Then two years ago, she learned that Jason was in prison serving a 12-year sentence for burglary. He had gotten addicted to drugs and was involved in a purse-snatching scheme. Despite those happenings, Jennifer decided to reach out to him, and through letters and phone calls, they rekindled their childhood romance.

“I didn’t expect it. I didn’t look for it. It was totally not my intention, but we fell in love,” Jennifer says. “We feel like we’ve been blessed because of the restrictions in prison, as odd as it may seem. Because we’re limited, we value our emotional and our spiritual relationship.”

Jennifer’s three children now call Jason “Dad,” and he even disciplines them over the phone when they break the rules. It is difficult not being able to share private moments together, Jennifer says, and the physical limitations can create a strain on the relationship.

“Even though I am not physically in prison, I live in the shadows of the prison system each and every day,” she says. “I am enduring prison life every day.”

Still, compared to men she has been with in the past who have abused her physically or verbally, she says Jason is honorable and respectful. The couple is engaged and currently on the waiting list to get married while Jason is still in prison.

“I made a commitment to Jason, and I’m sticking it out. I’m doing this bid with him for twelve years,” she says. “I have very much respect for Jason because even though he is not present with me physically, 24 hours a day he is in my heart, my soul and my mind.”

Death Row or Lovers’ Lane?

While there are countless cases of women who fall in love with criminals, it rarely happens in reverse. Accounts of men taking brides who are serving time for violent crimes are extremely rare. Experts say it is a gender-driven phenomenon normally carried out by women with a need to rescue and nurture. Often women in these cases hold career positions as caretakers, such as nursing or education. They tend to be more likely to sympathize with the males in these situations.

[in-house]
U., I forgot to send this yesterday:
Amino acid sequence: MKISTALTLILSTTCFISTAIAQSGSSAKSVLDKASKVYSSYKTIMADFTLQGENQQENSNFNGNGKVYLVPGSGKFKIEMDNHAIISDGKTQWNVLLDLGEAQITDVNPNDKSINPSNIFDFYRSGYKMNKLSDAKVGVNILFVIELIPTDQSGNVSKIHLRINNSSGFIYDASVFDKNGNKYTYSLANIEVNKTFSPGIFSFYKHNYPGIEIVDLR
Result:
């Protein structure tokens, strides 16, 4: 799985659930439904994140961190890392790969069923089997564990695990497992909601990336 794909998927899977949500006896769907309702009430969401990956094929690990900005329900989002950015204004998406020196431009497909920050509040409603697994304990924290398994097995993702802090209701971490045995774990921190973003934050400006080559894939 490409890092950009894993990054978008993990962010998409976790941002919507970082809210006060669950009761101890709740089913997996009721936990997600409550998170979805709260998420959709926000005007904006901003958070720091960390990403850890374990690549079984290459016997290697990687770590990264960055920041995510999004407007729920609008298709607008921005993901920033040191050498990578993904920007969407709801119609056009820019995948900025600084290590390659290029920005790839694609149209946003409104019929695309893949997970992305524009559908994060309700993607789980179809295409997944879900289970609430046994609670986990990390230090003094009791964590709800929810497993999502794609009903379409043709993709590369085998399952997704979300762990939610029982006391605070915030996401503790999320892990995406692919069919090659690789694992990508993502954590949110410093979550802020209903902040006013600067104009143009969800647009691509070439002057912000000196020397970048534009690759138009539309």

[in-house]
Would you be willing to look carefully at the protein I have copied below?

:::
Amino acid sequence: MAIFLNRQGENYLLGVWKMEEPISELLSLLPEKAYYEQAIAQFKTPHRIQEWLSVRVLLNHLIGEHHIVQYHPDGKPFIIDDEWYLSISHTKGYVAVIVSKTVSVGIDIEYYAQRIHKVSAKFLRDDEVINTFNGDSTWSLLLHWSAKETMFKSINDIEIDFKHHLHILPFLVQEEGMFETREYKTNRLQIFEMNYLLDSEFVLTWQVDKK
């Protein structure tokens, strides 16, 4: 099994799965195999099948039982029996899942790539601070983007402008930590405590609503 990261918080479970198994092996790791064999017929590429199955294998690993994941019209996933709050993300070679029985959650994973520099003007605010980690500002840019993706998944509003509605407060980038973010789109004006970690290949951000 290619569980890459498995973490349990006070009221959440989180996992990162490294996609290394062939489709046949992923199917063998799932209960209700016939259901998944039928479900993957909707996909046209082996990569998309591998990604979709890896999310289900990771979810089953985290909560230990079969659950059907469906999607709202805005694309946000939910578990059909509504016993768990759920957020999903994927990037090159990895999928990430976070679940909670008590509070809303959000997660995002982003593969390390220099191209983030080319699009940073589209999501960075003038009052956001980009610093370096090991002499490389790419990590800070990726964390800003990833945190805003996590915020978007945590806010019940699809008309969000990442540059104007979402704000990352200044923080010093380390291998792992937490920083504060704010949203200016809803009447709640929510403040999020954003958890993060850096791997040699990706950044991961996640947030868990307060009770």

Perhaps most shocking is that the men serving time for some of the most ruthless crimes tend to attract the most attention from women on the outside, experts say.

“Inmates who are more notorious, who are actually in for more heinous crimes, get a lot more romantic attention than your basic burglar,” says Peterson. “For some people there may be a lot of attention-seeking behavior. People are very fascinated by this.”

Infamous serial killers John Wayne Gacy and Ted Bundy both were involved in committed relationships with women before being put to death. During his trial, Bundy, acting as his own attorney, even proposed marriage to former co-worker Carole Ann Boone in the courtroom while questioning her on the stand. She readily accepted, and Bundy announced to the court that they were married. Following numerous conjugal visits, Boone gave birth to Bundy’s daughter in 1982.

Richard Ramirez, a California serial killer dubbed the “Night Stalker,” married a pen pal in 1996, while awaiting execution for a string of brutal murders. Kenneth Bianchi and his cousin Angelo Buono, known as the Hillside Stranglers for the brutal murders of 10 girls in the Los Angeles area in the late 1970s, both married while they were in prison. Erik and Lyle Menendez, who are serving life sentences for the 1989 murders of their parents, have also both been married during their incarceration.

Even Scott Peterson, who was convicted of murdering his wife and unborn son and is serving on California’s death row, is reportedly flooded with letters from admirers as he awaits death in the execution chamber of San Quentin State Prison.

In these extreme cases, experts say it is often the thrill for the women or a fascination similar to that of a celebrity obsession.